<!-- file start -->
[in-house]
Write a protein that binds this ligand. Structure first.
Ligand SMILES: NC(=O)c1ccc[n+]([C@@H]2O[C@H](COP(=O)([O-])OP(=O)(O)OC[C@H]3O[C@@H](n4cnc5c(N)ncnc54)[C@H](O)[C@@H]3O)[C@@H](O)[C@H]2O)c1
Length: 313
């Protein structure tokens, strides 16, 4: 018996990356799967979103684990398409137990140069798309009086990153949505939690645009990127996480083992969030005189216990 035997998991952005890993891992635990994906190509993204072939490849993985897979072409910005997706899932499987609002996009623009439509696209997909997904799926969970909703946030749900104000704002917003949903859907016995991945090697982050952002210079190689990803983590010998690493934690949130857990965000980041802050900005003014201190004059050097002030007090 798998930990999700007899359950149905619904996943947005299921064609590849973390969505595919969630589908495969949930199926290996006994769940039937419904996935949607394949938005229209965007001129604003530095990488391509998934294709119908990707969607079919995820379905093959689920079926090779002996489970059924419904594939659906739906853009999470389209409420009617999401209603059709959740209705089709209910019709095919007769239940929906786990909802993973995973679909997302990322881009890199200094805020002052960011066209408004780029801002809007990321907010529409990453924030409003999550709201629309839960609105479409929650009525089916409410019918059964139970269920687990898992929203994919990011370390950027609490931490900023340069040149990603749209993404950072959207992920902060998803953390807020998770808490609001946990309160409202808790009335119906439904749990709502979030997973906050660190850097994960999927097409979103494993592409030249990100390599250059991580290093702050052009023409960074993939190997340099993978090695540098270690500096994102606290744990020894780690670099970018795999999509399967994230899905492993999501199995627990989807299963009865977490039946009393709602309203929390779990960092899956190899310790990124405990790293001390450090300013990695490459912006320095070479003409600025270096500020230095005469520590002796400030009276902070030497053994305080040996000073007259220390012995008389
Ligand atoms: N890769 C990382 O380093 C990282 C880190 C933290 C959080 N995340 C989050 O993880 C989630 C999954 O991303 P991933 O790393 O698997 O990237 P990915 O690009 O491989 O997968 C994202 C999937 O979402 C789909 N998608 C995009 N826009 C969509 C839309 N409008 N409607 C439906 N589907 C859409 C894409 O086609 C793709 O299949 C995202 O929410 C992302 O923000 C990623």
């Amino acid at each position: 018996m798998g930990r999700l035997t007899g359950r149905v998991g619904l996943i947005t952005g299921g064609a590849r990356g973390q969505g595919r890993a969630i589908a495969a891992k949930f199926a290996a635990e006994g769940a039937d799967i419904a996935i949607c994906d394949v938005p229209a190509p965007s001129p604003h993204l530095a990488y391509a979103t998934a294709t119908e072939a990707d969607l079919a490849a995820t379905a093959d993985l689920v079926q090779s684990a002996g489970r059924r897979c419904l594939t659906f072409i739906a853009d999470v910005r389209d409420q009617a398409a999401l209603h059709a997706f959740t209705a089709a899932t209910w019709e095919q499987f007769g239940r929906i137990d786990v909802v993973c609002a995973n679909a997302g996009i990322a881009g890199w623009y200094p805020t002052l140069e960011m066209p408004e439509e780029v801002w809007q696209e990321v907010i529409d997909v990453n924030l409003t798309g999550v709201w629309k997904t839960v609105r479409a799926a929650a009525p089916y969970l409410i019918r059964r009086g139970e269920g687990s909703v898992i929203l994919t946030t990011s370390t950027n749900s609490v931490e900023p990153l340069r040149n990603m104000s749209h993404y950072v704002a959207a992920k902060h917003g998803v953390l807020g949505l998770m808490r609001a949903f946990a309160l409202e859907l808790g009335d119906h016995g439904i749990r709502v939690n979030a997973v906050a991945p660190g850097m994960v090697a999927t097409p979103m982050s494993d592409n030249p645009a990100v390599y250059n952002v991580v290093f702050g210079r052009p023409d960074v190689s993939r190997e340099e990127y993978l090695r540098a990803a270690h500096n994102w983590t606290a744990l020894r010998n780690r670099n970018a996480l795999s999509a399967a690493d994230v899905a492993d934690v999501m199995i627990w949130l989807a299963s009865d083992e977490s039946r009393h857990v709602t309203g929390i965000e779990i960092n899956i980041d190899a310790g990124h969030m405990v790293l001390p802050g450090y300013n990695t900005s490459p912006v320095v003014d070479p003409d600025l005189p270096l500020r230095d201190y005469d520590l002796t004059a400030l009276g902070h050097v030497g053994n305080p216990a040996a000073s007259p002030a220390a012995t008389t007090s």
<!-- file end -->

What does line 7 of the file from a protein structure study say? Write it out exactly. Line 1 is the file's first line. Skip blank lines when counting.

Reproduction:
């Amino acid at each position: 018996m798998g930990r999700l035997t007899g359950r149905v998991g619904l996943i947005t952005g299921g064609a590849r990356g973390q969505g595919r890993a969630i589908a495969a891992k949930f199926a290996a635990e006994g769940a039937d799967i419904a996935i949607c994906d394949v938005p229209a190509p965007s001129p604003h993204l530095a990488y391509a979103t998934a294709t119908e072939a990707d969607l079919a490849a995820t379905a093959d993985l689920v079926q090779s684990a002996g489970r059924r897979c419904l594939t659906f072409i739906a853009d999470v910005r389209d409420q009617a398409a999401l209603h059709a997706f959740t209705a089709a899932t209910w019709e095919q499987f007769g239940r929906i137990d786990v909802v993973c609002a995973n679909a997302g996009i990322a881009g890199w623009y200094p805020t002052l140069e960011m066209p408004e439509e780029v801002w809007q696209e990321v907010i529409d997909v990453n924030l409003t798309g999550v709201w629309k997904t839960v609105r479409a799926a929650a009525p089916y969970l409410i019918r059964r009086g139970e269920g687990s909703v898992i929203l994919t946030t990011s370390t950027n749900s609490v931490e900023p990153l340069r040149n990603m104000s749209h993404y950072v704002a959207a992920k902060h917003g998803v953390l807020g949505l998770m808490r609001a949903f946990a309160l409202e859907l808790g009335d119906h016995g439904i749990r709502v939690n979030a997973v906050a991945p660190g850097m994960v090697a999927t097409p979103m982050s494993d592409n030249p645009a990100v390599y250059n952002v991580v290093f702050g210079r052009p023409d960074v190689s993939r190997e340099e990127y993978l090695r540098a990803a270690h500096n994102w983590t606290a744990l020894r010998n780690r670099n970018a996480l795999s999509a399967a690493d994230v899905a492993d934690v999501m199995i627990w949130l989807a299963s009865d083992e977490s039946r009393h857990v709602t309203g929390i965000e779990i960092n899956i980041d190899a310790g990124h969030m405990v790293l001390p802050g450090y300013n990695t900005s490459p912006v320095v003014d070479p003409d600025l005189p270096l500020r230095d201190y005469d520590l002796t004059a400030l009276g902070h050097v030497g053994n305080p216990a040996a000073s007259p002030a220390a012995t008389t007090s």